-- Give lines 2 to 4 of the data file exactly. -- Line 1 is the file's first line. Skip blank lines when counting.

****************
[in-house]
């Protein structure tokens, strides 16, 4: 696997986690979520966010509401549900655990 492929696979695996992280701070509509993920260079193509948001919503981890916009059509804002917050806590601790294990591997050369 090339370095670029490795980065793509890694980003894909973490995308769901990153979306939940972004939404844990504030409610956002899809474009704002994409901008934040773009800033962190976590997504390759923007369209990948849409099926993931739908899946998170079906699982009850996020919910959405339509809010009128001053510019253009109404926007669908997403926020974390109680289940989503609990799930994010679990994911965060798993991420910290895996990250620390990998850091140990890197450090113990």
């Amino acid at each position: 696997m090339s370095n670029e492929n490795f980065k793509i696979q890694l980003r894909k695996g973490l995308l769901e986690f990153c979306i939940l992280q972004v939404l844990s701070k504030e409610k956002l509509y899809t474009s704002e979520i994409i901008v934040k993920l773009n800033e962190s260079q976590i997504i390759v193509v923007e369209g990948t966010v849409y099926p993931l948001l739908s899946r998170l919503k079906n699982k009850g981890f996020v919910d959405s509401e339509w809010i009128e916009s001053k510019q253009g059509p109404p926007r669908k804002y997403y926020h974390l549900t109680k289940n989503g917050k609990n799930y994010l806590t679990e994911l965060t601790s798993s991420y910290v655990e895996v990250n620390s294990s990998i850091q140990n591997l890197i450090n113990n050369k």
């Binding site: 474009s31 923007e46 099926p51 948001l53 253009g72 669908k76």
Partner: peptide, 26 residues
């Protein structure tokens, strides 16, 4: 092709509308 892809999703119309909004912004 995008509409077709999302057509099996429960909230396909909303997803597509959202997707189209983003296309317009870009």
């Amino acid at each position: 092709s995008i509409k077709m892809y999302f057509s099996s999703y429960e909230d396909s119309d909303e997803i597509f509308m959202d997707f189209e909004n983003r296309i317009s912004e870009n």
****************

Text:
């Protein structure tokens, strides 16, 4: 696997986690979520966010509401549900655990 492929696979695996992280701070509509993920260079193509948001919503981890916009059509804002917050806590601790294990591997050369 090339370095670029490795980065793509890694980003894909973490995308769901990153979306939940972004939404844990504030409610956002899809474009704002994409901008934040773009800033962190976590997504390759923007369209990948849409099926993931739908899946998170079906699982009850996020919910959405339509809010009128001053510019253009109404926007669908997403926020974390109680289940989503609990799930994010679990994911965060798993991420910290895996990250620390990998850091140990890197450090113990």
């Amino acid at each position: 696997m090339s370095n670029e492929n490795f980065k793509i696979q890694l980003r894909k695996g973490l995308l769901e986690f990153c979306i939940l992280q972004v939404l844990s701070k504030e409610k956002l509509y899809t474009s704002e979520i994409i901008v934040k993920l773009n800033e962190s260079q976590i997504i390759v193509v923007e369209g990948t966010v849409y099926p993931l948001l739908s899946r998170l919503k079906n699982k009850g981890f996020v919910d959405s509401e339509w809010i009128e916009s001053k510019q253009g059509p109404p926007r669908k804002y997403y926020h974390l549900t109680k289940n989503g917050k609990n799930y994010l806590t679990e994911l965060t601790s798993s991420y910290v655990e895996v990250n620390s294990s990998i850091q140990n591997l890197i450090n113990n050369k």
């Binding site: 474009s31 923007e46 099926p51 948001l53 253009g72 669908k76």